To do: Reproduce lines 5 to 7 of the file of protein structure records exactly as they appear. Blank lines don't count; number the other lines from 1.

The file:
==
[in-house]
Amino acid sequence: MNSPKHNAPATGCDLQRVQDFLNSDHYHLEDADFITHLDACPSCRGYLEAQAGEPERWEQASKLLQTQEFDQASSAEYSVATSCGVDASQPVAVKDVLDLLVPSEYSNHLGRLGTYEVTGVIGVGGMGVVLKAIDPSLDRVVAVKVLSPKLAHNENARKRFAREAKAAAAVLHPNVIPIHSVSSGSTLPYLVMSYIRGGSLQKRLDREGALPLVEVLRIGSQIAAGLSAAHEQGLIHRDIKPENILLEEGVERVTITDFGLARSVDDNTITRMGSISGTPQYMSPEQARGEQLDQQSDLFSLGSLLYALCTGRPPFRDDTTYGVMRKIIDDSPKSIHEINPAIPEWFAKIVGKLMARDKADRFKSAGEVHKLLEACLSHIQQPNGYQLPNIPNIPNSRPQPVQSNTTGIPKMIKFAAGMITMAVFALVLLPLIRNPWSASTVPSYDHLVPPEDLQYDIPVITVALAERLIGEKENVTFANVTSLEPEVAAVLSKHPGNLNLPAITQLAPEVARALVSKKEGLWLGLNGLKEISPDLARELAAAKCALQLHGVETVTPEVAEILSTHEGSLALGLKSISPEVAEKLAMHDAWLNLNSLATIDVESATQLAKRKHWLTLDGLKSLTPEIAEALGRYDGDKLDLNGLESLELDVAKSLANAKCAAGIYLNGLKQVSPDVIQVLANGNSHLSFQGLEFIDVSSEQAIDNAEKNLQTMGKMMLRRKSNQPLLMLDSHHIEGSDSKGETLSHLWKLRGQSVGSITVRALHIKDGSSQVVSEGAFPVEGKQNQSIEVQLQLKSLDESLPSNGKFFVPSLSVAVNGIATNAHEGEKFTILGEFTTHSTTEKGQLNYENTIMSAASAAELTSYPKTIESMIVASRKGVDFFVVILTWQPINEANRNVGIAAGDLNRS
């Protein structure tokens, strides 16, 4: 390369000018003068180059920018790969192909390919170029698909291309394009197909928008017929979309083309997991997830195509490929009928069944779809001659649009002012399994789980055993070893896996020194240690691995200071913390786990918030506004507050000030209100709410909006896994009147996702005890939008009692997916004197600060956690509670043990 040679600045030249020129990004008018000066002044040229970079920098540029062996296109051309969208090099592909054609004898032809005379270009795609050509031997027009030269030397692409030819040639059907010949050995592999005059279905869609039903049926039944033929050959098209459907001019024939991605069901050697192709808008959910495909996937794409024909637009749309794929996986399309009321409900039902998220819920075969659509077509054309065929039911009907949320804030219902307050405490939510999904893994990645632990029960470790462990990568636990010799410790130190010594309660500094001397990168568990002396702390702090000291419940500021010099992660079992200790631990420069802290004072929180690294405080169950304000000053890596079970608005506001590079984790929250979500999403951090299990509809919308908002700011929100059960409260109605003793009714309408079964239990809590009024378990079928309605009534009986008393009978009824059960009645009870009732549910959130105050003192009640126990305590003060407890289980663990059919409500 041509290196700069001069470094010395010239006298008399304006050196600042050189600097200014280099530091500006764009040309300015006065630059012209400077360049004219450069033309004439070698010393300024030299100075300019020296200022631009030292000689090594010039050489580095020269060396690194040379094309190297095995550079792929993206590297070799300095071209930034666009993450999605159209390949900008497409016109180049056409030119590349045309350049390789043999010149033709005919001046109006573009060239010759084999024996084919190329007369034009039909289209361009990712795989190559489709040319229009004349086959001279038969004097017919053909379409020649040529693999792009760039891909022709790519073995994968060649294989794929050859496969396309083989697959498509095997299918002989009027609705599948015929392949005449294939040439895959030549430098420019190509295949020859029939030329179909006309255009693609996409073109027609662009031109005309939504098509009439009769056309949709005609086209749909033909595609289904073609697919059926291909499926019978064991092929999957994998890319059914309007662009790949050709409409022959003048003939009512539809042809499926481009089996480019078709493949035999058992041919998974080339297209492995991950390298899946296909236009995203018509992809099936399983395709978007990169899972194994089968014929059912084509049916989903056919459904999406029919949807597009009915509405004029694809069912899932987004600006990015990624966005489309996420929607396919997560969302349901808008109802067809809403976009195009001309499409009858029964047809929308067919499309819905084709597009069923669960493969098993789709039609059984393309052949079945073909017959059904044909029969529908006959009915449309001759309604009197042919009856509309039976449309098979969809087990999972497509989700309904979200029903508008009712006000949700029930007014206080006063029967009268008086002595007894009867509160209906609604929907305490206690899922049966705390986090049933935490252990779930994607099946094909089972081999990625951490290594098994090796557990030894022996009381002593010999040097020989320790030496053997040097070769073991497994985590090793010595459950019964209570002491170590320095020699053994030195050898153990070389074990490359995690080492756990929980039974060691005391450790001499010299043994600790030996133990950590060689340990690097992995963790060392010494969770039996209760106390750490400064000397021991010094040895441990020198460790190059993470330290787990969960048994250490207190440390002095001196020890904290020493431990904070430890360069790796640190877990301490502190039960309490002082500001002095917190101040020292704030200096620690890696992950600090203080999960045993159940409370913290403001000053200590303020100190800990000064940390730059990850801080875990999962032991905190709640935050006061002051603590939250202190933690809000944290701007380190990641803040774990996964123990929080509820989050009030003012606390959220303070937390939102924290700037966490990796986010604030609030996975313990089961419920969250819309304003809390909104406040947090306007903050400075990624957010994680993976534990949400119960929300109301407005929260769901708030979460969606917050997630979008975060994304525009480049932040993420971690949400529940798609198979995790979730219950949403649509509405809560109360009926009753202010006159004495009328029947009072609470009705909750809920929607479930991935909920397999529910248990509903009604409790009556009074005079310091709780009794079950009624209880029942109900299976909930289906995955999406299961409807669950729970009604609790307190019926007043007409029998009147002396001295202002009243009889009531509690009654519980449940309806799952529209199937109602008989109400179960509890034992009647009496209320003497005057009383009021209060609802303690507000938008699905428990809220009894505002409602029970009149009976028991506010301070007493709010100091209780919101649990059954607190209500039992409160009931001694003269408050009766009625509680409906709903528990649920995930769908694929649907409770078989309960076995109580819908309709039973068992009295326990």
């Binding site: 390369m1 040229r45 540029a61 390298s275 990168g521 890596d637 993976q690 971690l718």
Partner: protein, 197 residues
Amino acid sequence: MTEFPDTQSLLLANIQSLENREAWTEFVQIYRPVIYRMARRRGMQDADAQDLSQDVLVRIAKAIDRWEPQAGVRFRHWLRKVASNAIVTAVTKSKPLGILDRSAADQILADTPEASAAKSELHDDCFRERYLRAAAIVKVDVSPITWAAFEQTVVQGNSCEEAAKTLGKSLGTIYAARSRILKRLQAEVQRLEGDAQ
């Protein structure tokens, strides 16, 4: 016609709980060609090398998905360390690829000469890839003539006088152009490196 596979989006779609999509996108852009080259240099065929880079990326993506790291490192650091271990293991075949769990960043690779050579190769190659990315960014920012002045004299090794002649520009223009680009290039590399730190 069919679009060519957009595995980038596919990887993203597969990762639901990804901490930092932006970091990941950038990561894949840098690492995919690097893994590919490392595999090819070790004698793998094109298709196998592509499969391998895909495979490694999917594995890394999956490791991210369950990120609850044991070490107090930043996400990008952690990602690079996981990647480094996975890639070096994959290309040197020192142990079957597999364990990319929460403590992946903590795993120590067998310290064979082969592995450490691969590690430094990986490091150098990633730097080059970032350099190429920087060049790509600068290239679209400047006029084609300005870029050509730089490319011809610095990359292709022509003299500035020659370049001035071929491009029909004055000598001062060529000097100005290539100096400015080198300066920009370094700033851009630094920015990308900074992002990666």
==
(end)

Partner: protein, 197 residues
Amino acid sequence: MTEFPDTQSLLLANIQSLENREAWTEFVQIYRPVIYRMARRRGMQDADAQDLSQDVLVRIAKAIDRWEPQAGVRFRHWLRKVASNAIVTAVTKSKPLGILDRSAADQILADTPEASAAKSELHDDCFRERYLRAAAIVKVDVSPITWAAFEQTVVQGNSCEEAAKTLGKSLGTIYAARSRILKRLQAEVQRLEGDAQ
């Protein structure tokens, strides 16, 4: 016609709980060609090398998905360390690829000469890839003539006088152009490196 596979989006779609999509996108852009080259240099065929880079990326993506790291490192650091271990293991075949769990960043690779050579190769190659990315960014920012002045004299090794002649520009223009680009290039590399730190 069919679009060519957009595995980038596919990887993203597969990762639901990804901490930092932006970091990941950038990561894949840098690492995919690097893994590919490392595999090819070790004698793998094109298709196998592509499969391998895909495979490694999917594995890394999956490791991210369950990120609850044991070490107090930043996400990008952690990602690079996981990647480094996975890639070096994959290309040197020192142990079957597999364990990319929460403590992946903590795993120590067998310290064979082969592995450490691969590690430094990986490091150098990633730097080059970032350099190429920087060049790509600068290239679209400047006029084609300005870029050509730089490319011809610095990359292709022509003299500035020659370049001035071929491009029909004055000598001062060529000097100005290539100096400015080198300066920009370094700033851009630094920015990308900074992002990666």